How To Beat Mobile Phone Bill Shock When Travelling Overseas

06 July 2016

Planning on heading overseas? Lucky you. Planning on taking your smartphone? You might want to keep reading.

International roaming is when your phone automatically connects to a local mobile phone network while you're overseas. Although it sounds convenient, it isn’t cheap. The cost of the calls you make can be exorbitant and you might be charged for calls you receive as well. Receiving SMS/MMS is usually free, but it will usually cost more to send them back.

The real culprit behind overseas bill shock is the cost of data usage

The cost of overseas data use is ridiculous: PAYG data charges while travelling can be around $3 per MB, meaning that you could be charged this for looking at a single standard web page. Upload a photo to Facebook and you’ll be charged around four dollars at the same rate. If you imagine how much you use your phone each day, it is easy to see how you could get yourself into trouble.

So what can you do about it?

1. Keep Data Roaming Switched Off

Turn data roaming off and leave it off. How you do this will vary slightly depending on your handset model and carrier, but as a general guide:

  • iPhone: Go to Settings → General → Network → slide Data Roaming, Cellular Data and Enable 3G to ‘off’.
  • Android: Go to Settings → Wireless Controls → Mobile Network Settings → uncheck Data Roaming.

Click to enlarge

You can still use your smartphone at WiFi hotspots – you’ll find most hotels and many restaurants provide complimentary WiFi to their customers, so restrict your web browsing and app use to when you can do it for free.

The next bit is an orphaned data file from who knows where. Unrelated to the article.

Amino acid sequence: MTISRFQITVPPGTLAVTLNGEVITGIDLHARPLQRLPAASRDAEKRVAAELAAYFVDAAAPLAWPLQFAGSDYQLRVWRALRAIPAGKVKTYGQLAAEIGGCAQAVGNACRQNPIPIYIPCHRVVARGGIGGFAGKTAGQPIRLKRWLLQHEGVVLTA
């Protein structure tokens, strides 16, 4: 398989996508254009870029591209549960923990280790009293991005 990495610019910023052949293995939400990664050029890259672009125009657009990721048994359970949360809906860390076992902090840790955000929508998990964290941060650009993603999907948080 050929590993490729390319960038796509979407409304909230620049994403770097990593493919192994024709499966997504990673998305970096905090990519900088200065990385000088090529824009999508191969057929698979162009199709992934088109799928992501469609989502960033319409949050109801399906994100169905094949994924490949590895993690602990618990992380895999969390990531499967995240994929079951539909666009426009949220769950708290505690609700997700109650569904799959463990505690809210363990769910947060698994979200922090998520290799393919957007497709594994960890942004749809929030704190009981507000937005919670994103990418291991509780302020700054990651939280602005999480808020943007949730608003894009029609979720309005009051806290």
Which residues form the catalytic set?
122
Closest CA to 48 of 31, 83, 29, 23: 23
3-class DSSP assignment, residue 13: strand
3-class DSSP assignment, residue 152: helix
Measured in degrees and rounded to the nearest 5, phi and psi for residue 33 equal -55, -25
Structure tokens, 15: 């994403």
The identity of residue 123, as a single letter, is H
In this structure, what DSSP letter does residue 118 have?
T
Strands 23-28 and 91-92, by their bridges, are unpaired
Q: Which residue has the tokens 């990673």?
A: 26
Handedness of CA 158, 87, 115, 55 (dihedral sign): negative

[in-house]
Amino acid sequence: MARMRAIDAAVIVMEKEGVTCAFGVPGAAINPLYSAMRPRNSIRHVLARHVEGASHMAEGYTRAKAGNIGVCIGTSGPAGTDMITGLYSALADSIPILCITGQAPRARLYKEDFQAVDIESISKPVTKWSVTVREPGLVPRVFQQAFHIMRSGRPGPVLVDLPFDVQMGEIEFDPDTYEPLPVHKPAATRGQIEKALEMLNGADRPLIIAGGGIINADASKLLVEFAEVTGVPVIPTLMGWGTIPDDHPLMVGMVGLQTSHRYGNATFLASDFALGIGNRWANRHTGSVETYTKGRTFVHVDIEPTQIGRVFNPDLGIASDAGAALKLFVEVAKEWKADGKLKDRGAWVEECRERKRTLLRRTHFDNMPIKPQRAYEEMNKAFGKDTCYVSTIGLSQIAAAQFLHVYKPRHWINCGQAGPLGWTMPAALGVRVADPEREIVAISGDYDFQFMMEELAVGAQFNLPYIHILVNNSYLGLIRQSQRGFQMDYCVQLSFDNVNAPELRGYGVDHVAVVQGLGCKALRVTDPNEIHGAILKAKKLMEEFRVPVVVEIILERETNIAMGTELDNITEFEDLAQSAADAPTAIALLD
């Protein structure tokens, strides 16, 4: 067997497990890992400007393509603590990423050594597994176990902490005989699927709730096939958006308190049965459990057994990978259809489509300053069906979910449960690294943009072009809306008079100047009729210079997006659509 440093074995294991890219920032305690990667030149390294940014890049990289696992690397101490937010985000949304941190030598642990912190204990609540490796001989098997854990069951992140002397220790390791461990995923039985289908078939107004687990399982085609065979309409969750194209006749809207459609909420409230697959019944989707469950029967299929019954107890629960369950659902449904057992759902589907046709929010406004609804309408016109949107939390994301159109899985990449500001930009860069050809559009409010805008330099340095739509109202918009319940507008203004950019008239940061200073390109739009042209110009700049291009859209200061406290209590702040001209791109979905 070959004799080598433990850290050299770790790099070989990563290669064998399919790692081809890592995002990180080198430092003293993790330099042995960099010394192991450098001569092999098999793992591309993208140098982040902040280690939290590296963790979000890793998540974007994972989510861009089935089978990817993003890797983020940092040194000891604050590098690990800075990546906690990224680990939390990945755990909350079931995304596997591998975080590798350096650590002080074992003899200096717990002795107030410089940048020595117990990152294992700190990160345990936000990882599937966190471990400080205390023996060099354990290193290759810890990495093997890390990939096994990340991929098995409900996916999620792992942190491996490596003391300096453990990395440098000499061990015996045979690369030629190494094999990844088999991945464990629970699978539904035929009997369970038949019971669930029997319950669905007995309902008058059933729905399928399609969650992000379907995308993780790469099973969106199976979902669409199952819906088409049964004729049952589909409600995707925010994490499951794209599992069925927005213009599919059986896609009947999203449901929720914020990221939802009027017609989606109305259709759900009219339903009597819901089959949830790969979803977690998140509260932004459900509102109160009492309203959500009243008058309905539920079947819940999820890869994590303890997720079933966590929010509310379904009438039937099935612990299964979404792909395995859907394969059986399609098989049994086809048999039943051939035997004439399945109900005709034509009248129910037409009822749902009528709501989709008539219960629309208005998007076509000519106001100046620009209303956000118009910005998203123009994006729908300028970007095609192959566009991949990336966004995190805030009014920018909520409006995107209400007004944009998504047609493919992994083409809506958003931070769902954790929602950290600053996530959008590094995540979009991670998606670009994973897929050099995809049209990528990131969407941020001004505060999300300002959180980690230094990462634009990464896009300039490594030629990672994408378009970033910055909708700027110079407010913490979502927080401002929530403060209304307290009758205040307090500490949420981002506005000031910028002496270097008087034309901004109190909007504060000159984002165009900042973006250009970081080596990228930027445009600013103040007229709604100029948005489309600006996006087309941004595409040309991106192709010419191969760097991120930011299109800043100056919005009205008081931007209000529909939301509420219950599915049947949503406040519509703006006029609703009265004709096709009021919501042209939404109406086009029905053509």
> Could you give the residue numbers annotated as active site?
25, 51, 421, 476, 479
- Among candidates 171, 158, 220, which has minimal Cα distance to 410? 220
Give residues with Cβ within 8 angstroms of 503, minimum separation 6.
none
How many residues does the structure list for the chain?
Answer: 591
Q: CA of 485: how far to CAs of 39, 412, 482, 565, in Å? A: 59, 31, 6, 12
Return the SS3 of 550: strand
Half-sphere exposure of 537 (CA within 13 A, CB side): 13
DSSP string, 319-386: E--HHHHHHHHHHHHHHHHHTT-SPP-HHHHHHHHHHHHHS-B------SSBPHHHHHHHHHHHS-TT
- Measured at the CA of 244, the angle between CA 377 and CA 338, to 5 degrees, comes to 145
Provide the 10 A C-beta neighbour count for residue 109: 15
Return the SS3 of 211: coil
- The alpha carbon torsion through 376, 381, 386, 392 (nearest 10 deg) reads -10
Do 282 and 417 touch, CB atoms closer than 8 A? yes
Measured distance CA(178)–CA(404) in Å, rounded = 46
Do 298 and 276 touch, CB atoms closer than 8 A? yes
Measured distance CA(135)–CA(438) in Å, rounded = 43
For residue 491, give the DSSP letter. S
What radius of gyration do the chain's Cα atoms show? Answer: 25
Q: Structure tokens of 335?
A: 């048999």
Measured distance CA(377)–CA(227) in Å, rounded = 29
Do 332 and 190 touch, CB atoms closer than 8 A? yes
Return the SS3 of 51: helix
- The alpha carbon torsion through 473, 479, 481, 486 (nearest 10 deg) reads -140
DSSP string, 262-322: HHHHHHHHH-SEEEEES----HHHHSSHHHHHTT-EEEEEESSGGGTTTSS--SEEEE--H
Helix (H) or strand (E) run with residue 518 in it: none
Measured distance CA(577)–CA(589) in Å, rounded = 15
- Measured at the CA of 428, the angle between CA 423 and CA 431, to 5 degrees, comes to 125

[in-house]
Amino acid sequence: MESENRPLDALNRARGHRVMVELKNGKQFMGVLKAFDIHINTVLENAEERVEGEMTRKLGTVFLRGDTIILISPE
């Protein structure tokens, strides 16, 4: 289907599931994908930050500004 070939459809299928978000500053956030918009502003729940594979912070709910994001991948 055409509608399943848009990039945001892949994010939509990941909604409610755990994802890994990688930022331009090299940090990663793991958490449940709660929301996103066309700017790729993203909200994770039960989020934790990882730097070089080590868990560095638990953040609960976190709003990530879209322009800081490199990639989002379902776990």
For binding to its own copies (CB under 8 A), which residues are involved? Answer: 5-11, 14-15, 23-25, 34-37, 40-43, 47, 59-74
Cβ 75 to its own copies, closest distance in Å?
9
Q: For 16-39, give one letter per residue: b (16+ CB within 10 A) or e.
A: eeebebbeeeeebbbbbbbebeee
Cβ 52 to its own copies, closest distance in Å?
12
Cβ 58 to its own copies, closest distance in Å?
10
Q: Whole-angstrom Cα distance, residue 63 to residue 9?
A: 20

2. Switch Off Location Services and Push Notifications

Another phone setting that is frequently overlooked is turning off Location Services and any automatic updates and push notifications you’ve enabled for apps. While Locations Services relies on GPS to pinpoint your location, and this is free to use, it also uses mobile data for increased accuracy.

As with disabling data roaming, you can do this yourself through accessing ‘Settings’ for iPhones and Android-operated phones, and ‘Options’ for Blackberry – look for the Location Services and Notifications tabs, and switch everything off.

  • iPhone: Go to Settings → Privacy → Location Services → Toggle Location Service On / Off.
  • Android: Go to Settings → Location → Toggle Location Services On / Off.

3. Buy Data Before You Go

If you absolutely can’t survive without internet, buy an international data roaming pack from your Aussie carrier before you go. Most of the major carriers offer monthly packs with a set amount of data.

  • Telstra offers a Travel Pass for between 3 and 30 days overseas, starting from $15.
  • Optus offers a Travel Pack for $10 per day if you travel within Zone 1.

If you use this option, steer clear of YouTube and streaming music and video, and try to stick to basic email and internet browsing. As we’ve said, take advantage of free WiFi hotspots in hotels, restaurants and major attractions.

Choose Vodafone’s $5 Per Day Roaming